Cycle 2: You get a little more light sleep, still a lot of deep sleep (but less than before), and a little more REM.
Cycle 3: You will probably spend a lot more time in light sleep, a little deep sleep, and more REM.
After this, during the second half of the night, the cycles usually break down as your body alternates between light sleep and REM for the rest of the night.
On average, light sleep takes up about 50 to 60 percent or more of the night. "Whether you get more or less light sleep doesn't really affect how you feel much, because it's just the time left that isn't spent in deep sleep or REM," says Grandner. "It's kind of leftover."
Deep sleep, on the other hand, probably takes up 10 to 25 percent (depending on your age) of your sleep. "There's no real way to get too much deep sleep," says Grandner. "Your body has its own natural urge for it, so once you satisfy that, the need goes away and you just go into REM and light sleep."
Too little, on the other hand, will make you wake up less rested. "The two main things that can lead to less deep sleep are age and anything that interferes with your sleep, such as pain, illnesses, medical problems, sleep apnea, and other sleep disorders," says Grandner. "They can artificially keep you out of deep sleep, making your sleep a bit more superficial." Also exchange services. "Your body wants to get into deep sleep at night, and during the day it wants to avoid deep sleep," says Grandner. "So you have a natural lag of how long it takes you to get into it."
Finally, REM makes up about 20 to 25 percent of your nightly sleep and usually takes place in the second half of the night. "When you shorten your sleep, most of what you cut out is REM," says Grandner. "And too little REM sleep can make you feel drowsy, less able to concentrate, and lead to memory problems." That's why it's important to get enough rest after learning something new or before taking an exam. Many drugs can also block REM. "Most antidepressants can cut REM sleep in half," says Grandner.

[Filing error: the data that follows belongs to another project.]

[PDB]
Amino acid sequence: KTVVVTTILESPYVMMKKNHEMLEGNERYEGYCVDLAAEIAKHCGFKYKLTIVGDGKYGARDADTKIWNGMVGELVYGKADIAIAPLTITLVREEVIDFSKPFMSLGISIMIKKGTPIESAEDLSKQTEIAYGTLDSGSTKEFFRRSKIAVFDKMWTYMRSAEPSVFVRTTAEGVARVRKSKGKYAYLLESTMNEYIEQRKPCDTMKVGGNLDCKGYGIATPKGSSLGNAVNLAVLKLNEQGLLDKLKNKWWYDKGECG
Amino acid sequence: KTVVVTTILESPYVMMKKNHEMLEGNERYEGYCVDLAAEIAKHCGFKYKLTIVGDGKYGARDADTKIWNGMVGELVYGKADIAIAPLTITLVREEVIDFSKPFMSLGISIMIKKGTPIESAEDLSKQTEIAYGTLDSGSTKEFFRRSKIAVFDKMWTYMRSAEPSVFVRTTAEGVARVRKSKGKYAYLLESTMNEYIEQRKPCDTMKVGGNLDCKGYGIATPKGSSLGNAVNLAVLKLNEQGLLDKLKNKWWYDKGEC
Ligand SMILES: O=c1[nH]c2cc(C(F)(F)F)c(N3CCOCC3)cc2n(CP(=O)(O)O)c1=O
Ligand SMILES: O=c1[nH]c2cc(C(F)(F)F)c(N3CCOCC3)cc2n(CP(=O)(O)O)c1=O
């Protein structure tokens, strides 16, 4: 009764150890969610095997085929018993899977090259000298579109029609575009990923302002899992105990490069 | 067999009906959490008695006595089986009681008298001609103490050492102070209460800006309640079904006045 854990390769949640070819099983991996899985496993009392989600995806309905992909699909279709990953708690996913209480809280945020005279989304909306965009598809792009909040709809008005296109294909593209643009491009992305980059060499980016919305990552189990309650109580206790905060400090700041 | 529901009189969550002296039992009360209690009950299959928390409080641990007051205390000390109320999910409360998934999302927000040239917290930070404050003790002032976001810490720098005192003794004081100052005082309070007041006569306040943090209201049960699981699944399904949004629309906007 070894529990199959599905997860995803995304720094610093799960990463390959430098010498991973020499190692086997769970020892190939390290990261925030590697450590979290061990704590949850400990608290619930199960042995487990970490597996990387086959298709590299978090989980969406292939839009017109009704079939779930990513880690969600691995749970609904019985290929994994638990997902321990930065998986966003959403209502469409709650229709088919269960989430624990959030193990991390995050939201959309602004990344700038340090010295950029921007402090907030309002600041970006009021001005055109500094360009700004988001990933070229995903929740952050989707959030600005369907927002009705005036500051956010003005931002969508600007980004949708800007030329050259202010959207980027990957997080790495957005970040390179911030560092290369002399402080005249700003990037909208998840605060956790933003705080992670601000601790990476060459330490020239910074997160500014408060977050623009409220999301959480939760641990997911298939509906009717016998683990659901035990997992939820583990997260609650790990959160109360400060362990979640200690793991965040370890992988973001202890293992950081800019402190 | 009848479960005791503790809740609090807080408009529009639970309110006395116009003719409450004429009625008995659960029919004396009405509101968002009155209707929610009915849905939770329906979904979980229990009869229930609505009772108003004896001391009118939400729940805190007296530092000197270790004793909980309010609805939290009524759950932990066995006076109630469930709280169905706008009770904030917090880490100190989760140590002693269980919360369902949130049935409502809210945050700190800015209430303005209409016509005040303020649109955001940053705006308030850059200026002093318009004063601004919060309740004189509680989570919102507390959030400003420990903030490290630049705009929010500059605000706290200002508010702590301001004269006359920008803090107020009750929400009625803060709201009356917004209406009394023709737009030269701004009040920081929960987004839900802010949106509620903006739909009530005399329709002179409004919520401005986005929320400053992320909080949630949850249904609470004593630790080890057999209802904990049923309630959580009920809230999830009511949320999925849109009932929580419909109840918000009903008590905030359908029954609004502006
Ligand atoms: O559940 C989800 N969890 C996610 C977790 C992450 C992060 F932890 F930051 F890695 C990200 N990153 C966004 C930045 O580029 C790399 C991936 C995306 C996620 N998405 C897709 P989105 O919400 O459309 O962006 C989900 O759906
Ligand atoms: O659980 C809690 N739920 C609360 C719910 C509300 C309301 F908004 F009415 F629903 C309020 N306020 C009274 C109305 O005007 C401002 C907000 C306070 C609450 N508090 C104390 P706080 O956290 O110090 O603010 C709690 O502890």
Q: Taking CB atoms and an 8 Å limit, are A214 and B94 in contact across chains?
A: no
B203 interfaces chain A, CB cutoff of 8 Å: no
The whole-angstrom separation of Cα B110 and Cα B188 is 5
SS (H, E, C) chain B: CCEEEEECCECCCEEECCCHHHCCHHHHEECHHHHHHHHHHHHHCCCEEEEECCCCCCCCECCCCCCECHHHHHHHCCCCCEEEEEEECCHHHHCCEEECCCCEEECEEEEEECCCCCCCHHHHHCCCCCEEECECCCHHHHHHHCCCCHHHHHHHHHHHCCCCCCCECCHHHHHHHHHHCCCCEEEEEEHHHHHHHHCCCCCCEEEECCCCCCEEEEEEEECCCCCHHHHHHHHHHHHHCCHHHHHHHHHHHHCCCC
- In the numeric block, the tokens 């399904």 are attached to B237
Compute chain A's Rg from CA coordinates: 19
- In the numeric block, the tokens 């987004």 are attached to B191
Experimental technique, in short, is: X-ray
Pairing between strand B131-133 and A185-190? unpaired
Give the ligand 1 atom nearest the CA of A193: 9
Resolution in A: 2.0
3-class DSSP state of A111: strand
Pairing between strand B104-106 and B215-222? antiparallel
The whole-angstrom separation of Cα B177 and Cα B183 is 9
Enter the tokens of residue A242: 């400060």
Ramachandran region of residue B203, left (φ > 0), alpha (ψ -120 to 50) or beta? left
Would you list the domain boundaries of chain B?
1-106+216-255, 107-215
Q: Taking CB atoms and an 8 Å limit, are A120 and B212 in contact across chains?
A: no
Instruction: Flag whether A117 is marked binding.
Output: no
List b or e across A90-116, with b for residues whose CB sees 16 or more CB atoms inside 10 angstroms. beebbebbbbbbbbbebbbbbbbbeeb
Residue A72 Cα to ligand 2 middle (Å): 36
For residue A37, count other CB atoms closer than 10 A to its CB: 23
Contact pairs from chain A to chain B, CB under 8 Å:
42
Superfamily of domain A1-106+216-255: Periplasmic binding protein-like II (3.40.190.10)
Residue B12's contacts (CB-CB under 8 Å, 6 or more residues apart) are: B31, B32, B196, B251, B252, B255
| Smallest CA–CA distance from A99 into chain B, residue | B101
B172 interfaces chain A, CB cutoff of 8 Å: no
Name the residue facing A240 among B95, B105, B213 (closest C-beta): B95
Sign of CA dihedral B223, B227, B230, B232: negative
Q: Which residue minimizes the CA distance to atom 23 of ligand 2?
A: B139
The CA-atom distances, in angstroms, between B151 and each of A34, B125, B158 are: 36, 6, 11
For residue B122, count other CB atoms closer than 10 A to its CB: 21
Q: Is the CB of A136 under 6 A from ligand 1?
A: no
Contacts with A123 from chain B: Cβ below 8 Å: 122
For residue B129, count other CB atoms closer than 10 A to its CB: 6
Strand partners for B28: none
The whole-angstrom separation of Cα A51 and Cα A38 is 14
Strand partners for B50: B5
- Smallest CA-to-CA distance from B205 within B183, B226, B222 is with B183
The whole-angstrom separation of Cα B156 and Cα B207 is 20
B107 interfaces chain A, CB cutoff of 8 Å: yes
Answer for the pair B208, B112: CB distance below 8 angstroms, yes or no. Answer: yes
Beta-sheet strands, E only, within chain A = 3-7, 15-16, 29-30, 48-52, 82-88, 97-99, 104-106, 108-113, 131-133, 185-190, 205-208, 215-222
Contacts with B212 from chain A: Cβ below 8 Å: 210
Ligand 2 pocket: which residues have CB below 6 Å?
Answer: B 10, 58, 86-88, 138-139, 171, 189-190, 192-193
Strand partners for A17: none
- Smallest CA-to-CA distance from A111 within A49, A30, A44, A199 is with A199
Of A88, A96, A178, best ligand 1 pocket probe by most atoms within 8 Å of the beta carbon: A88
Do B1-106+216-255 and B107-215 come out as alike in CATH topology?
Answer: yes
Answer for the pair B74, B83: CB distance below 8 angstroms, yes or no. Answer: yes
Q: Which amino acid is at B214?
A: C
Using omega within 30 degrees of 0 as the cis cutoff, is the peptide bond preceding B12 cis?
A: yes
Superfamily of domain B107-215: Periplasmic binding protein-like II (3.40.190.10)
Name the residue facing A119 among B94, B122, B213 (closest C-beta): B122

Consistently getting too much REM can also cause problems. “Going too much above 25 percent REM can lead to too much brain activation, which can make you angry and irritable and even worsen depression and anxiety symptoms,” says Grandner.
"Everyone is different," says Grandner. "As long as you give yourself enough time to sleep, and you don't have a sleep disorder that keeps you out of certain stages of sleep, your body will figure it out on its own using its own rhythms and drivers."
Siebern agrees: "We can do things to help improve the quality of our sleep, but we all have a baseline that dictates how much of each sleep stage we get." (Check out these 8 tips for a good night's sleep.) There isn't really an ideal.
"Ideal is what your body does when given enough opportunity," says Grandner. Ask yourself, suggests Siebern, how you feel. If your sleep stages are outside the average, but you feel fresh and active, you're probably getting the amount and quality of sleep you need. Our customers often tell us that they already felt fit, but are now aware that there was still a lot to gain. Or have a good night's sleep while they slept less. In short, our supplement ensures that your sleep quality is increased. So you can book a good night's sleep in less time.